Organism traits determine the strength of scale-dependent bio-geomorphic feedbacks: a flume study on three intertidal plant species

Bouma, T. J., Temmerman, S., van Duren, L. A., Martini, E., Vandenbruwaene, W., Callaghan, D. P., Balke, T., Biermans, G., Klaassen, P. C., van Steeg, R., Dekker, F., van de Koppel, J., de Vries, M. B. and Herman, P. M. J. (2013) Organism traits determine the strength of scale-dependent bio-geomorphic feedbacks: a flume study on three intertidal plant species. Geomorphology, 180 57-65. doi:10.1016/j.geomorph.2012.09.005


Author Bouma, T. J.
Temmerman, S.
van Duren, L. A.
Martini, E.
Vandenbruwaene, W.
Callaghan, D. P.
Balke, T.
Biermans, G.
Klaassen, P. C.
van Steeg, R.
Dekker, F.
van de Koppel, J.
de Vries, M. B.
Herman, P. M. J.
Title Organism traits determine the strength of scale-dependent bio-geomorphic feedbacks: a flume study on three intertidal plant species
Journal name Geomorphology   Check publisher's open access policy
ISSN 0169-555X
1872-695X
Publication date 2013-01
Year available 2012
Sub-type Article (original research)
DOI 10.1016/j.geomorph.2012.09.005
Volume 180
Start page 57
End page 65
Total pages 9
Place of publication Amsterdam, Netherlands
Publisher Elsevier
Collection year 2014
Language eng
Abstract There is a growing recognition of the important role of scale-dependent feedback for biogeomorphological landscape formation, where organisms locally improve survival and growth but at the same time negatively affect organisms at larger distance. However, little is known on how scale-dependent bio-geomorphic feedback is influenced by organism traits in combination with abiotic forcing. This was studied by measuring in a flume, the flow patterns around patches of three contrasting marsh species (Spartina anglica, Puccinellia maritima and Salicornia procumbens), using the flow acceleration around vegetation patches and deceleration within vegetation patches as quantitative proxy for the negative and positive feedback to the vegetation performance. The importance of external forcing was assessed by comparing three realistic current velocities: 0.1, 0.2 and 0.3ms-1. Our results showed that the dense clonal growth of stiff Spartina anglica shoots caused strongest flow deviations, irrespective of the applied current velocity. In contrast, the more sparsely growing, shorter stiff shoots of Salicornia procumbens induced much less flow deviation, allowing more water to pass through and over the vegetation canopy. The dense but highly flexible shoots of Puccinellia maritima caused strong flow deviations at low velocities, which diminished at higher velocities due to bending of the vegetation. Overall, these hydrodynamic results demonstrate that plant species traits interact with environmental conditions in creating scale-dependent feedbacks explaining why the effects of vegetation on landscape formation in saltmarshes are species specific.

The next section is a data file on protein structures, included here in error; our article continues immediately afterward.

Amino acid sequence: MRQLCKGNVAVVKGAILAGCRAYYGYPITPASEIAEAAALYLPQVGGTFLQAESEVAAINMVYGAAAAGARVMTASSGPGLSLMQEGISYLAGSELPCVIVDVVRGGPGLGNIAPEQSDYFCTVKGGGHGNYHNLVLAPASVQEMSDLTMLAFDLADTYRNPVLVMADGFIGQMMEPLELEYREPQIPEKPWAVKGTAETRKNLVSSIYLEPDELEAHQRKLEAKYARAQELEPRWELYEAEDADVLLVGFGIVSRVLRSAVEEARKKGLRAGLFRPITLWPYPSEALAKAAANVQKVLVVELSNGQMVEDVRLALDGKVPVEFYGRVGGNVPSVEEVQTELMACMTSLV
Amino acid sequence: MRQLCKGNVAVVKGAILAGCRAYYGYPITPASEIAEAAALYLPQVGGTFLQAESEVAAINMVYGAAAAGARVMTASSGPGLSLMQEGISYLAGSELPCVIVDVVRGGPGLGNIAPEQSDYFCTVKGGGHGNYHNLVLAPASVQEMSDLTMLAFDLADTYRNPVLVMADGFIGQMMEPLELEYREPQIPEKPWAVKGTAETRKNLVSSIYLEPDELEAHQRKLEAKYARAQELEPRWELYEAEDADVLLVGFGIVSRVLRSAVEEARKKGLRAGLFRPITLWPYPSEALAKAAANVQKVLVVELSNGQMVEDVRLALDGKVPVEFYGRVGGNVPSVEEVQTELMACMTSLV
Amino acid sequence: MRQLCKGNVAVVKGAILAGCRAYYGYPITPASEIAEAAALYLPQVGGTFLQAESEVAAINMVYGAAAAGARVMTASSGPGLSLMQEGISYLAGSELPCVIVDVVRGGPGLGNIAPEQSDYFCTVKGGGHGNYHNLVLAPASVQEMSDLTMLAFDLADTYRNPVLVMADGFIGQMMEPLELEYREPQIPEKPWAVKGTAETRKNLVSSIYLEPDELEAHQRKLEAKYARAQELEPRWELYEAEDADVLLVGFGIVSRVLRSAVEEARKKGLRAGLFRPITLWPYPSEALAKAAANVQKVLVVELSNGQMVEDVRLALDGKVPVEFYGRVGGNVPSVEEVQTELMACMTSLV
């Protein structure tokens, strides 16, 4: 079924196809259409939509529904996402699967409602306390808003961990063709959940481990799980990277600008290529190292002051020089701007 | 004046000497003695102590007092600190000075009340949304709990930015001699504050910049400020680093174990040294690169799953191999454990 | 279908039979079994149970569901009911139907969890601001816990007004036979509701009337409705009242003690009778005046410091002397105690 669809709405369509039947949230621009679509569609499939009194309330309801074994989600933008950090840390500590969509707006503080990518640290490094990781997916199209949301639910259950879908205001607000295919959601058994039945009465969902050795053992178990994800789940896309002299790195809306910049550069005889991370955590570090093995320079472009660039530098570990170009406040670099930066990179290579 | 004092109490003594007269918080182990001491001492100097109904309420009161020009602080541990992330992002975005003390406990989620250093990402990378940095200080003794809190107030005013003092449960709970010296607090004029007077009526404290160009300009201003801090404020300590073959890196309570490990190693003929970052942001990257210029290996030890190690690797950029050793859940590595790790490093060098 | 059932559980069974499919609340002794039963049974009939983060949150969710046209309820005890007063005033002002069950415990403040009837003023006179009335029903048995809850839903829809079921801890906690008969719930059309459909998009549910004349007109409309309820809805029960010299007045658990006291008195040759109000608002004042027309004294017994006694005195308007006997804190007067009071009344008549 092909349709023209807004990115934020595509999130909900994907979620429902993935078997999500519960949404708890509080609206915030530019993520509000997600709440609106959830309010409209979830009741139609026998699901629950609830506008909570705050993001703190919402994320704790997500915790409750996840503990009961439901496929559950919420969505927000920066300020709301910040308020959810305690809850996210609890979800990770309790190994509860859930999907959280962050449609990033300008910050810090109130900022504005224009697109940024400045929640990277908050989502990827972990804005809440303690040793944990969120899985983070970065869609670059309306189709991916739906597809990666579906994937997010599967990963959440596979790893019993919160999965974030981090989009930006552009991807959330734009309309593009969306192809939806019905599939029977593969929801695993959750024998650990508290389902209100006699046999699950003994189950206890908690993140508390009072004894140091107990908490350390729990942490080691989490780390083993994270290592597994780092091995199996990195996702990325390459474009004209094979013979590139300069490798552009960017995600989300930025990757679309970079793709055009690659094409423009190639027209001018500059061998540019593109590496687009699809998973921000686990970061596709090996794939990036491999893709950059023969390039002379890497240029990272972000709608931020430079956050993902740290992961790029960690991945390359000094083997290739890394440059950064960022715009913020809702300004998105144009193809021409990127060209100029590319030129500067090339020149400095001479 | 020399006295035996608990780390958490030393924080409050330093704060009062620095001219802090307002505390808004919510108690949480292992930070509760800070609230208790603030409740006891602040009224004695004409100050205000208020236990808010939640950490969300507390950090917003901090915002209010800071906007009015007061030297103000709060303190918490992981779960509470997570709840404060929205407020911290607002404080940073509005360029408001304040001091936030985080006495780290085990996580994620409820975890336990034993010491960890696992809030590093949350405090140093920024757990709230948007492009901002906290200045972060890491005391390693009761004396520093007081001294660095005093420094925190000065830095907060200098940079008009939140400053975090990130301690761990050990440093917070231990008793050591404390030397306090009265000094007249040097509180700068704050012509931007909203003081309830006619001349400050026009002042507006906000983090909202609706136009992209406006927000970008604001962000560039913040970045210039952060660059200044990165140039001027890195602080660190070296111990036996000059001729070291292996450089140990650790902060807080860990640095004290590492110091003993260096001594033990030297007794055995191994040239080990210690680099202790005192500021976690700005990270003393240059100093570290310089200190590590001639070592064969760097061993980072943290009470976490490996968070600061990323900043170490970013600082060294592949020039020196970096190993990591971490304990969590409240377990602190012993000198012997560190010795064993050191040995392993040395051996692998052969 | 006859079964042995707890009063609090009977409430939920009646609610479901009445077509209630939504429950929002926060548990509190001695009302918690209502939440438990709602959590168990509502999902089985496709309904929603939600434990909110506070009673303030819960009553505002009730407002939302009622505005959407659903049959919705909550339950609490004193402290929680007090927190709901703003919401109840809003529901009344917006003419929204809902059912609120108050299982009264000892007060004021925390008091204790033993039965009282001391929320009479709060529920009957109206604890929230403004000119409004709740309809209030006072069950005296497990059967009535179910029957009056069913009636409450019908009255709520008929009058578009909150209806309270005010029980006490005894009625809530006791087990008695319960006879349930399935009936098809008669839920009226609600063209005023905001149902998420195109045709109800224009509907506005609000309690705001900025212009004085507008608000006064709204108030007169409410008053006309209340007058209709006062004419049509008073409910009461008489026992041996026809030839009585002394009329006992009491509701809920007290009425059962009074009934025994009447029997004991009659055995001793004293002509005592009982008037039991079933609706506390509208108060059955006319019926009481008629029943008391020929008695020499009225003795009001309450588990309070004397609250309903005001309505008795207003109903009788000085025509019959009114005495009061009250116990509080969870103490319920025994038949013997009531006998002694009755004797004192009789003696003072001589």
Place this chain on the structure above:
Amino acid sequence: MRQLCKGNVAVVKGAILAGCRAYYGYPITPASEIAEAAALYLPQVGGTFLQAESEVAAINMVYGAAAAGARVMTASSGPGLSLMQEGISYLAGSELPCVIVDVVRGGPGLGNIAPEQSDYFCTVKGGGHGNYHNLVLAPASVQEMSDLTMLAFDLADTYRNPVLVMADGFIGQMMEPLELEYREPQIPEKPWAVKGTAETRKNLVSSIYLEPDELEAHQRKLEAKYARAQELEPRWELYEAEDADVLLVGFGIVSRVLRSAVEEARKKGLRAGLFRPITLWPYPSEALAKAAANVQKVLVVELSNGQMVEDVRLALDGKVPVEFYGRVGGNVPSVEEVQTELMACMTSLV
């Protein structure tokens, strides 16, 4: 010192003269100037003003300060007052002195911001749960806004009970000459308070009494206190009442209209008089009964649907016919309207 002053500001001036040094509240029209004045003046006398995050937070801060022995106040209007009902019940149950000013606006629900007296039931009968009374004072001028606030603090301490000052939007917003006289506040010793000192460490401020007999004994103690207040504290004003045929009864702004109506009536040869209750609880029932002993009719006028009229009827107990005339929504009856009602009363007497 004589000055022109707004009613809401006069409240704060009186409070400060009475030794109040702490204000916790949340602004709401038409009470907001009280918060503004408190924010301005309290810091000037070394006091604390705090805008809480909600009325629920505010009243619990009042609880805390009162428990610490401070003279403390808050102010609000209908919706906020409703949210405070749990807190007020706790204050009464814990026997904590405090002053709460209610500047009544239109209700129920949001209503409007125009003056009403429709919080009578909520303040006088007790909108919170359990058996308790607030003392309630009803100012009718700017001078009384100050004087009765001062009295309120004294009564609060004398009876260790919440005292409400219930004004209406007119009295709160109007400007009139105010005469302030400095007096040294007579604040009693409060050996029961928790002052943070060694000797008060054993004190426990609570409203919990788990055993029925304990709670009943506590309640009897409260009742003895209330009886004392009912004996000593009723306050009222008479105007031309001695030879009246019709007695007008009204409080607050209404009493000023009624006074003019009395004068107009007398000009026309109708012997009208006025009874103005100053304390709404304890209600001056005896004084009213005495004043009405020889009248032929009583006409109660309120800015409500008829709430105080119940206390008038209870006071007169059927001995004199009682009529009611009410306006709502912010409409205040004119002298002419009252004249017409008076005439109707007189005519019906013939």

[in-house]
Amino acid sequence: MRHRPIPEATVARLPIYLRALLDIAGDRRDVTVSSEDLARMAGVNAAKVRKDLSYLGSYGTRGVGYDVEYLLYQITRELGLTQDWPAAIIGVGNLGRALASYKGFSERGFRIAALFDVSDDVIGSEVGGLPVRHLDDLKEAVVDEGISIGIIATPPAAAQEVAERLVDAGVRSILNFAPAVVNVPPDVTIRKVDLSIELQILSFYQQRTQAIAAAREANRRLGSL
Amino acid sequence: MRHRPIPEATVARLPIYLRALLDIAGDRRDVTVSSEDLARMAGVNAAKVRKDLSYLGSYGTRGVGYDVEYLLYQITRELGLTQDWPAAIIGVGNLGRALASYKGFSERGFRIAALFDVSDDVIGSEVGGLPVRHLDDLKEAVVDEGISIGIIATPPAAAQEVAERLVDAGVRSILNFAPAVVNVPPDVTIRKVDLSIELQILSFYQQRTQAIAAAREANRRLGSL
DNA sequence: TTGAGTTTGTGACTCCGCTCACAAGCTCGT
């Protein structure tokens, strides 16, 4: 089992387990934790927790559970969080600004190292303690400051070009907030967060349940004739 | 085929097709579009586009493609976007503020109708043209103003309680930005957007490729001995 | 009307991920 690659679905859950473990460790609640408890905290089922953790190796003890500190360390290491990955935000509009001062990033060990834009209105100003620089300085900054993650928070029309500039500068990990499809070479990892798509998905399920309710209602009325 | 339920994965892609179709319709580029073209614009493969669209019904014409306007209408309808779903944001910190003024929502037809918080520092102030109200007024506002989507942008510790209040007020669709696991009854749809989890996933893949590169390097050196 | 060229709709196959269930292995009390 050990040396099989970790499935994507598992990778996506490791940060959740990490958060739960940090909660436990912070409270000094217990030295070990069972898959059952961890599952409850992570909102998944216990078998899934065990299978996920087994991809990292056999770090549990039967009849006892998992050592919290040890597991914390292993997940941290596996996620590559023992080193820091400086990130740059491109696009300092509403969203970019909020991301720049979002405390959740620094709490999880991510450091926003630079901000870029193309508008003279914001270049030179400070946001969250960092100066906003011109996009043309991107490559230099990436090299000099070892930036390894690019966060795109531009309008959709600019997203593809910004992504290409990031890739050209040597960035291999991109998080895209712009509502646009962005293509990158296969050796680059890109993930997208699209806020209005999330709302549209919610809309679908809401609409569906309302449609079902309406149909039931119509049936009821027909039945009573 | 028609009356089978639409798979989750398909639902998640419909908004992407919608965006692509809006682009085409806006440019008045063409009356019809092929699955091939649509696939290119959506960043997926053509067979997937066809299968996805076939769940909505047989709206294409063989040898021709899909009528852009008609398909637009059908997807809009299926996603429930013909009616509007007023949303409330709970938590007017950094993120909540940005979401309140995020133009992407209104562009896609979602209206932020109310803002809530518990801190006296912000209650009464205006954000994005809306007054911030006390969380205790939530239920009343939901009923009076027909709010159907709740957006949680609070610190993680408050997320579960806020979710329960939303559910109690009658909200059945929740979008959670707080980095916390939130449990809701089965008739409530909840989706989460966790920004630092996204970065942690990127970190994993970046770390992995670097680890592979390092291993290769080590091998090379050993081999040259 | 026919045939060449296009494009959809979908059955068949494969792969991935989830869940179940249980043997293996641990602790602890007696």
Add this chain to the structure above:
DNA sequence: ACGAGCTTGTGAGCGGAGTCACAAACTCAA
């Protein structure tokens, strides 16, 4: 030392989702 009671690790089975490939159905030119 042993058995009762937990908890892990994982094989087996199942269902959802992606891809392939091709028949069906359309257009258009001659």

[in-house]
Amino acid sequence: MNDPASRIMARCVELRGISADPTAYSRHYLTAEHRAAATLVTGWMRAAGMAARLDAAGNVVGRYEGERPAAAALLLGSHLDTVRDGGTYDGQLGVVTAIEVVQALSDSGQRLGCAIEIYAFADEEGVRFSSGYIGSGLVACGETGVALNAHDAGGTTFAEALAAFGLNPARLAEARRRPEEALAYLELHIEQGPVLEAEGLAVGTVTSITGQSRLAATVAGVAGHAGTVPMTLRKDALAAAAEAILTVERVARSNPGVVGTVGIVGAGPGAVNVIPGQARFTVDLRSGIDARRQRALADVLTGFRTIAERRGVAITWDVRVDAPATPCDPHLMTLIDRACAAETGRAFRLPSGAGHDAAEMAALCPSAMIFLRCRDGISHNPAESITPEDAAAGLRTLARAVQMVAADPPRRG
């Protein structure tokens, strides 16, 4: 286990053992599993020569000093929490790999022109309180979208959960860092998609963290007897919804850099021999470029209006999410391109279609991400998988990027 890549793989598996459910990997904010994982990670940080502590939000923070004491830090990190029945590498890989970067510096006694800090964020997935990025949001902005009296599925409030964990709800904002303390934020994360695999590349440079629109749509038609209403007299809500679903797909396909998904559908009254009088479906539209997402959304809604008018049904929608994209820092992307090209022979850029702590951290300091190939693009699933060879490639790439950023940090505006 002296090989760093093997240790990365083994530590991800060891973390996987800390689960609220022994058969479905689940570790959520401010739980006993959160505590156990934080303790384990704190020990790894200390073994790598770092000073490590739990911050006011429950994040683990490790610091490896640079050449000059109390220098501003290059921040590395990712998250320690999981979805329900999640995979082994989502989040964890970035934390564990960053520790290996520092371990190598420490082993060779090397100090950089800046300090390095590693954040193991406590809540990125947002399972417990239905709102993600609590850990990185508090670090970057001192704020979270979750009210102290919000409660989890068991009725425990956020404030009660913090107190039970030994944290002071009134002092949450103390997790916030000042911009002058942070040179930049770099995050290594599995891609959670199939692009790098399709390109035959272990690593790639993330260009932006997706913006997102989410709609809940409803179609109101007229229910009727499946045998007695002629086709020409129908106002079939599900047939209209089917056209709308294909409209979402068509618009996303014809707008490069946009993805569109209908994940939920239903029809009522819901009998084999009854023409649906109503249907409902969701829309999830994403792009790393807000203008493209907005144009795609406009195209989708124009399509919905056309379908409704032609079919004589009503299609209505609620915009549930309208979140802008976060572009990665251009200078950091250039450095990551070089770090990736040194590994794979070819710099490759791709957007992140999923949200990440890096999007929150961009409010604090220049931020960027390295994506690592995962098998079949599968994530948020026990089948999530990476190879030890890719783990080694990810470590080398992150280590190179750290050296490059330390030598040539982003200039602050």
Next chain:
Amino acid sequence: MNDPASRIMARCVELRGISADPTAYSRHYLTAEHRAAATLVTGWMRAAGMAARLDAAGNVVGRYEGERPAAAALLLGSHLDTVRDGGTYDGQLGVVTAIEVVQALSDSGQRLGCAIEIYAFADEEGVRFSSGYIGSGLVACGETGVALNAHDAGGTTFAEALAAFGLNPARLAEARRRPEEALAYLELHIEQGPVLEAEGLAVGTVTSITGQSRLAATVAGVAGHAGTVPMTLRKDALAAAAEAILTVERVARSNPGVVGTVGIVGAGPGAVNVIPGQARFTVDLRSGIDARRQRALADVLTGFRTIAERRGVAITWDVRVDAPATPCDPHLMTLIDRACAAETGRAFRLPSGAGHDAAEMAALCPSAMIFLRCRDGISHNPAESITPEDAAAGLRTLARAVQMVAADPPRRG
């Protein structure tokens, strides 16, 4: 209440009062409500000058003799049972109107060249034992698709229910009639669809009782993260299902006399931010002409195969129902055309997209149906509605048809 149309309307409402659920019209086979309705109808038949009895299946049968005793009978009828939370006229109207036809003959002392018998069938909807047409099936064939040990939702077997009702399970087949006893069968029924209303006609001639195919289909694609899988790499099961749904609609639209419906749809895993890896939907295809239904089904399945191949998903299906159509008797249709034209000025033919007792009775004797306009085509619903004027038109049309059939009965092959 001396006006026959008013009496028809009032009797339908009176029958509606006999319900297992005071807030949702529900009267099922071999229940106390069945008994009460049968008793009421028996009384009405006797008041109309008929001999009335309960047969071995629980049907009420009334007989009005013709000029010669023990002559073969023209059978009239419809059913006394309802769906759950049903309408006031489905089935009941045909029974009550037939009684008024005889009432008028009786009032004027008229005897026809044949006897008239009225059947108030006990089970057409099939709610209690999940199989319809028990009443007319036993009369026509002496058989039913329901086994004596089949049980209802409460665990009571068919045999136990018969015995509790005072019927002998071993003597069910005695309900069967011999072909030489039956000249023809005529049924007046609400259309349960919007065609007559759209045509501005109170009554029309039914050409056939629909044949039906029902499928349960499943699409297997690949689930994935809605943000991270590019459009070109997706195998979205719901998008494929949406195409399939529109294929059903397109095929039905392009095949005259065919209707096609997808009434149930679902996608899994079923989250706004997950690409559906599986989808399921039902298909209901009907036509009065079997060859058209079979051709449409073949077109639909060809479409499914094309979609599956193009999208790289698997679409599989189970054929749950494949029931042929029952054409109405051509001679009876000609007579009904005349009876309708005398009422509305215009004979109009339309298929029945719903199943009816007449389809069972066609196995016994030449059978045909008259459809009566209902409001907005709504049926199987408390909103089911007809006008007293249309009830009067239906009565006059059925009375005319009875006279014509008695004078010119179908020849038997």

Keyword Habitat modification
Saltmarsh
Positive feedbacks
Negative feedbacks
Biogeomorphology
Flow deviation
Q-Index Code C1
Q-Index Status Provisional Code
Institutional Status Non-UQ
Additional Notes Available online: 19 September 2012.

Document type: Journal Article
Sub-type: Article (original research)
Collections: School of Civil Engineering Publications
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Created: Wed, 03 Apr 2013, 14:16:15 EST by Julie Hunter on behalf of School of Civil Engineering